OPRFHS senior named school’s first Regeneron Scholar

OPRFHS senior named school’s first Regeneron Scholar

Dhillon stands in front of her research poster for the Regeneron Science Talent Search, the nation’s oldest and most prestigious STEM competition.

Oak Park and River Forest High School is proud to announce that senior Nadya Dhillon was named a Regeneron Science Talent Search scholar. This marks the first time in the competition’s 80+-year history that an OPRFHS student has earned this prestigious recognition. Dhillon, one of only six students from Illinois being recognized, joins an elite group of Science Talent Search alumni who have gone on to be awarded Nobel Prizes, Fields Medals, MacArthur Fellowships, and other accolades.

“I am extremely proud of Nadya’s accomplishment,” Superintendent Dr. Greg Johnson said. “It took hard work, dedication, and perseverance to reach this extraordinary achievement. On behalf of our entire Huskie family, I commend her, and all those who helped support her success.”

Dhillon said she could not contain her excitement when she first heard the news. 

“I was in my Economics class when I found out, and I immediately texted my parents,” she said. “It truly means so much to receive this honor. Words cannot express my gratitude for my work being rewarded and exposed to an expanded audience!”

Sponsored by Society for Science, a non-profit organization dedicated to STEM education and scientific research, the Regeneron Science Talent Search is the nation’s oldest and most prestigious science and math competition. It recognizes the most promising young scientists who, through rigorous research, are finding innovative solutions to significant global challenges.

Dhillon’s research project, titled The Effect of a Novel Biomedical Technique on Reprocessing of Duodenoscopes Using Silver Nitrate and Methylene Blue Irradiated With Red Light, aimed to find a new way to combat antibiotic-resistant bacteria that often form on surgical devices, which could help prevent infections after these devices are used in surgery.

“I tested different concentrations of silver nitrate and red-light-activated methylene blue solutions and found that they are very effective in killing bacteria on models of the surgical devices,” Dhillon explained. “Because these devices are notably difficult to sterilize, especially when contaminated with resistant bacteria, finding a new method to both easily sterilize them and combat multidrug-resistant bacteria were my two goals.”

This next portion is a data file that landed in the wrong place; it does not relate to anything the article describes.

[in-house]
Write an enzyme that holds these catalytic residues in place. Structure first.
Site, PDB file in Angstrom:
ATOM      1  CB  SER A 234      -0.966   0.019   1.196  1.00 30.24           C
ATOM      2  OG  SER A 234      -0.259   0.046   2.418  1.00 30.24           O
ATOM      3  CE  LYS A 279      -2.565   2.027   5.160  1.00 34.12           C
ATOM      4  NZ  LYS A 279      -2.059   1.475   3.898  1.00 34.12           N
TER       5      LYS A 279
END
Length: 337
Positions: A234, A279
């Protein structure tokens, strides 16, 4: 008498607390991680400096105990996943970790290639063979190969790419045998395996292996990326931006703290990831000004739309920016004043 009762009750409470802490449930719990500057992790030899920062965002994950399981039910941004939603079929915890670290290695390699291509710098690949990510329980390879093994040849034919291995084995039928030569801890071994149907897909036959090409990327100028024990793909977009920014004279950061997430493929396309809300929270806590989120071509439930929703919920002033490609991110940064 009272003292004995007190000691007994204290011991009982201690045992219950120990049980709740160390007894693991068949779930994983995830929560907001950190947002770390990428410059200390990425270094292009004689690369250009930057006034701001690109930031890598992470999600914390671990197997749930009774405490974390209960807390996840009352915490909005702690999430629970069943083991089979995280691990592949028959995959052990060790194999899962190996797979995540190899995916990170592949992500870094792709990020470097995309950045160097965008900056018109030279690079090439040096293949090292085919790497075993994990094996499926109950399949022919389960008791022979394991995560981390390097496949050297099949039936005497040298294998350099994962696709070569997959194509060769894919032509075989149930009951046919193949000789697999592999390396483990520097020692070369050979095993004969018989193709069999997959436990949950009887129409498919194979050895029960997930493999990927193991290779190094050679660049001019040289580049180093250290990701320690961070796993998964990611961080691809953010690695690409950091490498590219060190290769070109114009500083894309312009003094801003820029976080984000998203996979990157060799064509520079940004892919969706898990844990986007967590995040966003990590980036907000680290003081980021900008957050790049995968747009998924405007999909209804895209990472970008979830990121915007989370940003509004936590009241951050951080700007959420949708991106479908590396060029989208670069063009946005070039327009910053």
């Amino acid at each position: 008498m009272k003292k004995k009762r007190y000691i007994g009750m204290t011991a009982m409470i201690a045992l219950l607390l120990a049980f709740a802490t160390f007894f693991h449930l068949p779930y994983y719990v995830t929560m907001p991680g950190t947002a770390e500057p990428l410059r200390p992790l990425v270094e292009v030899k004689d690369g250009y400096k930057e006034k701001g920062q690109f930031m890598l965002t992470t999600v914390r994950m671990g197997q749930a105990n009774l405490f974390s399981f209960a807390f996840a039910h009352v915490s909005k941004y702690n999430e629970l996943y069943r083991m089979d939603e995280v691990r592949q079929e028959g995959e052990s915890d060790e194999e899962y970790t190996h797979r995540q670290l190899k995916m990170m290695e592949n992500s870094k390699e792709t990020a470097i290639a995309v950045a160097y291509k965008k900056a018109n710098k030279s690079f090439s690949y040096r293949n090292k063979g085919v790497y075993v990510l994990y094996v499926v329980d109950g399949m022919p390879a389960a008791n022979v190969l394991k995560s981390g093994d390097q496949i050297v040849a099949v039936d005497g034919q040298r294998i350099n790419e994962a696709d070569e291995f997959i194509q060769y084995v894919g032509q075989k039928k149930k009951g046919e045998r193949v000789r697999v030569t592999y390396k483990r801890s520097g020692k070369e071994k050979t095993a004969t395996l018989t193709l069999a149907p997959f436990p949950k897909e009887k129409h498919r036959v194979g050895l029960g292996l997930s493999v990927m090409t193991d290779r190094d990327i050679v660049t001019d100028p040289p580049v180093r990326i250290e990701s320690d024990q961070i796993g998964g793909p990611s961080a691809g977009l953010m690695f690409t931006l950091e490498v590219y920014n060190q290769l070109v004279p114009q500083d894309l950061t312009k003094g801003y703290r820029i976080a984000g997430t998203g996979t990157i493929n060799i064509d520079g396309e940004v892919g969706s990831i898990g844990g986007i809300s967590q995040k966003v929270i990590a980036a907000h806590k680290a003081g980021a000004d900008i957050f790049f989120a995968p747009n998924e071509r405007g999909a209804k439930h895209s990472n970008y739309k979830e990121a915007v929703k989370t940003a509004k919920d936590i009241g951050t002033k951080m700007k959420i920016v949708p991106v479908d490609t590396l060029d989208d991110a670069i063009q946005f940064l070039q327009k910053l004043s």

Dhillon, who is excited to attend college to major in Biology and Anthropology before continuing on to medical school, is currently enrolled in her second year of the Investigative Research Design and Innovation (IRDI) course at OPRFHS, taught by science teacher Allison Hennings. IRDI students spend an entire school year designing and implementing a unique research project, a process that Dhillon is now undergoing for a second time.

Hennings noted how challenging it is for anyone to pursue two back-to-back year-long research projects, let alone a young scientist. But Dhillon “has trudged full speed ahead, smiling, with bravery and a sense of confidence.”

“Nadya has a passion and dedication for her research that shines when she talks about her work, and she is meticulous, driven, and patient, which are important characteristics of a scientific researcher,” Hennings said. “Becoming a semi-finalist in the Regeneron Science Talent Search is just the start of the impact she will undoubtedly have on our world.”

Approximately 1,900 students from more than 600 high schools across the U.S. and four other countries entered the competition. Dhillon is one of only 300 who were selected as scholars based on their research, leadership skills, community involvement, commitment to academics, creativity in asking scientific questions, and exceptional promise as STEM leaders. Each scholar will be awarded $2,000, and their school will receive an additional $2,000.

On January 24, 40 of the 300 scholars will be named Regeneron Science Talent Search finalists. The finalists will then compete for more than $1.8 million in awards during a week-long competition in Washington, D.C., taking place March 9-15. 

To learn more about the Regeneron Science Talent Search, please click here.